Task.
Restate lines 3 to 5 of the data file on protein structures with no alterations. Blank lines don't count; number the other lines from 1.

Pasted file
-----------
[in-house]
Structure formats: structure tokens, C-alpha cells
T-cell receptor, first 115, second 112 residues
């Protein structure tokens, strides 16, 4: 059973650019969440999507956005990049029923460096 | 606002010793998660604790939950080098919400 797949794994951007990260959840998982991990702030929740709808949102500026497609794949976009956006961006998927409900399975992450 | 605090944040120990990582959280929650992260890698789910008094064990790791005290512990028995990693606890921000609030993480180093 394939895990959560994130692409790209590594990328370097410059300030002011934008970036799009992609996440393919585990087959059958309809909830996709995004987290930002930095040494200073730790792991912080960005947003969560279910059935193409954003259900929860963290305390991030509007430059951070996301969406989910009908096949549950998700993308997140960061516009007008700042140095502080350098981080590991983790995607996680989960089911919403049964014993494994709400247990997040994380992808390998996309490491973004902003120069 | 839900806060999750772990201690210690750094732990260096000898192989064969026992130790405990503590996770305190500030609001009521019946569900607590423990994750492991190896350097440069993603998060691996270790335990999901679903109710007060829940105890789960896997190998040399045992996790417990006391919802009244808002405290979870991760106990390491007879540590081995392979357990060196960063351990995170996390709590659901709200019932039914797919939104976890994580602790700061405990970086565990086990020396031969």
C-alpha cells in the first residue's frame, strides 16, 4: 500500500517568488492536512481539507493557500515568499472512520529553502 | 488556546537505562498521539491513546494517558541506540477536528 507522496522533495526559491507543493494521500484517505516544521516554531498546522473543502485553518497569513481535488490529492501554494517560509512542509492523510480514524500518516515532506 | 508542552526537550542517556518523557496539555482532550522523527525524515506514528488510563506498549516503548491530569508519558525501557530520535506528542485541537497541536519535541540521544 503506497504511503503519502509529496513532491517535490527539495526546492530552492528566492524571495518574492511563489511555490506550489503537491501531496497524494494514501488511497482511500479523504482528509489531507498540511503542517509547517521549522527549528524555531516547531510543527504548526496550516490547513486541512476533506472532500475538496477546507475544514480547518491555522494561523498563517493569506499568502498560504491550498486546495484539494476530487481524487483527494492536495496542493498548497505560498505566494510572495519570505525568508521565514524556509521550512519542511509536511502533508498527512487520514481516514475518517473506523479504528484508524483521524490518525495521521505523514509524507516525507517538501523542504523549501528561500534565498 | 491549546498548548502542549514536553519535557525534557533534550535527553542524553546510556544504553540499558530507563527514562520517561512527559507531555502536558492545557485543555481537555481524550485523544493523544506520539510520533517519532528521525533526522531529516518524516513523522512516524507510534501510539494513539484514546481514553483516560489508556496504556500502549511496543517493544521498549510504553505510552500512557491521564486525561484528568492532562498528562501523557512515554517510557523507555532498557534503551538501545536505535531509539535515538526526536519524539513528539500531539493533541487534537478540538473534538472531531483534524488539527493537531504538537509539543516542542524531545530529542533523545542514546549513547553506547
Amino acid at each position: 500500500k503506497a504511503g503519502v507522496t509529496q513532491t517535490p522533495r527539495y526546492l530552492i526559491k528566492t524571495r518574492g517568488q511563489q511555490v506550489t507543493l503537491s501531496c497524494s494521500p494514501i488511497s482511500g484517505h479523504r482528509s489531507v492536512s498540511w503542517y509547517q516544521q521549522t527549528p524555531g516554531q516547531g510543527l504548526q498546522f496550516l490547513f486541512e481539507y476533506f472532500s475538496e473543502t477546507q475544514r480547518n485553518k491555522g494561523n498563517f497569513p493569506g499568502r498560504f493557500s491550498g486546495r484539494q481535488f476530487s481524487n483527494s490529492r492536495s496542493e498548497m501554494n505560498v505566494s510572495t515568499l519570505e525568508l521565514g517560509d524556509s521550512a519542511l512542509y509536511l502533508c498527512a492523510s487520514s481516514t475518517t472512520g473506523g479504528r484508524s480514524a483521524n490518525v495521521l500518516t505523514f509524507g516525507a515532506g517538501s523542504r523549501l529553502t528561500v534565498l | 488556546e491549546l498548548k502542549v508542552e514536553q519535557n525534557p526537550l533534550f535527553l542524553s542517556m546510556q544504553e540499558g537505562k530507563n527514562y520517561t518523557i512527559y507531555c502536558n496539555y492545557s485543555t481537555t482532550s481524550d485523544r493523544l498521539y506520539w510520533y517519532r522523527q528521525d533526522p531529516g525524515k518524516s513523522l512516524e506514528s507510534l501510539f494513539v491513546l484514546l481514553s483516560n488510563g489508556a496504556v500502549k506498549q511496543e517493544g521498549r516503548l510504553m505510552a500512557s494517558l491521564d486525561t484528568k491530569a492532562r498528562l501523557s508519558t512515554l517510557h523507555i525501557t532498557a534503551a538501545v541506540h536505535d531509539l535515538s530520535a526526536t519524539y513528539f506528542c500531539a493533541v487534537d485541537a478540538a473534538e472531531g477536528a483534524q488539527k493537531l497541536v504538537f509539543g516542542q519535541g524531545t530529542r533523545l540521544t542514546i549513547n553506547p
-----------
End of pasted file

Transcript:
T-cell receptor, first 115, second 112 residues
């Protein structure tokens, strides 16, 4: 059973650019969440999507956005990049029923460096 | 606002010793998660604790939950080098919400 797949794994951007990260959840998982991990702030929740709808949102500026497609794949976009956006961006998927409900399975992450 | 605090944040120990990582959280929650992260890698789910008094064990790791005290512990028995990693606890921000609030993480180093 394939895990959560994130692409790209590594990328370097410059300030002011934008970036799009992609996440393919585990087959059958309809909830996709995004987290930002930095040494200073730790792991912080960005947003969560279910059935193409954003259900929860963290305390991030509007430059951070996301969406989910009908096949549950998700993308997140960061516009007008700042140095502080350098981080590991983790995607996680989960089911919403049964014993494994709400247990997040994380992808390998996309490491973004902003120069 | 839900806060999750772990201690210690750094732990260096000898192989064969026992130790405990503590996770305190500030609001009521019946569900607590423990994750492991190896350097440069993603998060691996270790335990999901679903109710007060829940105890789960896997190998040399045992996790417990006391919802009244808002405290979870991760106990390491007879540590081995392979357990060196960063351990995170996390709590659901709200019932039914797919939104976890994580602790700061405990970086565990086990020396031969």
C-alpha cells in the first residue's frame, strides 16, 4: 500500500517568488492536512481539507493557500515568499472512520529553502 | 488556546537505562498521539491513546494517558541506540477536528 507522496522533495526559491507543493494521500484517505516544521516554531498546522473543502485553518497569513481535488490529492501554494517560509512542509492523510480514524500518516515532506 | 508542552526537550542517556518523557496539555482532550522523527525524515506514528488510563506498549516503548491530569508519558525501557530520535506528542485541537497541536519535541540521544 503506497504511503503519502509529496513532491517535490527539495526546492530552492528566492524571495518574492511563489511555490506550489503537491501531496497524494494514501488511497482511500479523504482528509489531507498540511503542517509547517521549522527549528524555531516547531510543527504548526496550516490547513486541512476533506472532500475538496477546507475544514480547518491555522494561523498563517493569506499568502498560504491550498486546495484539494476530487481524487483527494492536495496542493498548497505560498505566494510572495519570505525568508521565514524556509521550512519542511509536511502533508498527512487520514481516514475518517473506523479504528484508524483521524490518525495521521505523514509524507516525507517538501523542504523549501528561500534565498 | 491549546498548548502542549514536553519535557525534557533534550535527553542524553546510556544504553540499558530507563527514562520517561512527559507531555502536558492545557485543555481537555481524550485523544493523544506520539510520533517519532528521525533526522531529516518524516513523522512516524507510534501510539494513539484514546481514553483516560489508556496504556500502549511496543517493544521498549510504553505510552500512557491521564486525561484528568492532562498528562501523557512515554517510557523507555532498557534503551538501545536505535531509539535515538526526536519524539513528539500531539493533541487534537478540538473534538472531531483534524488539527493537531504538537509539543516542542524531545530529542533523545542514546549513547553506547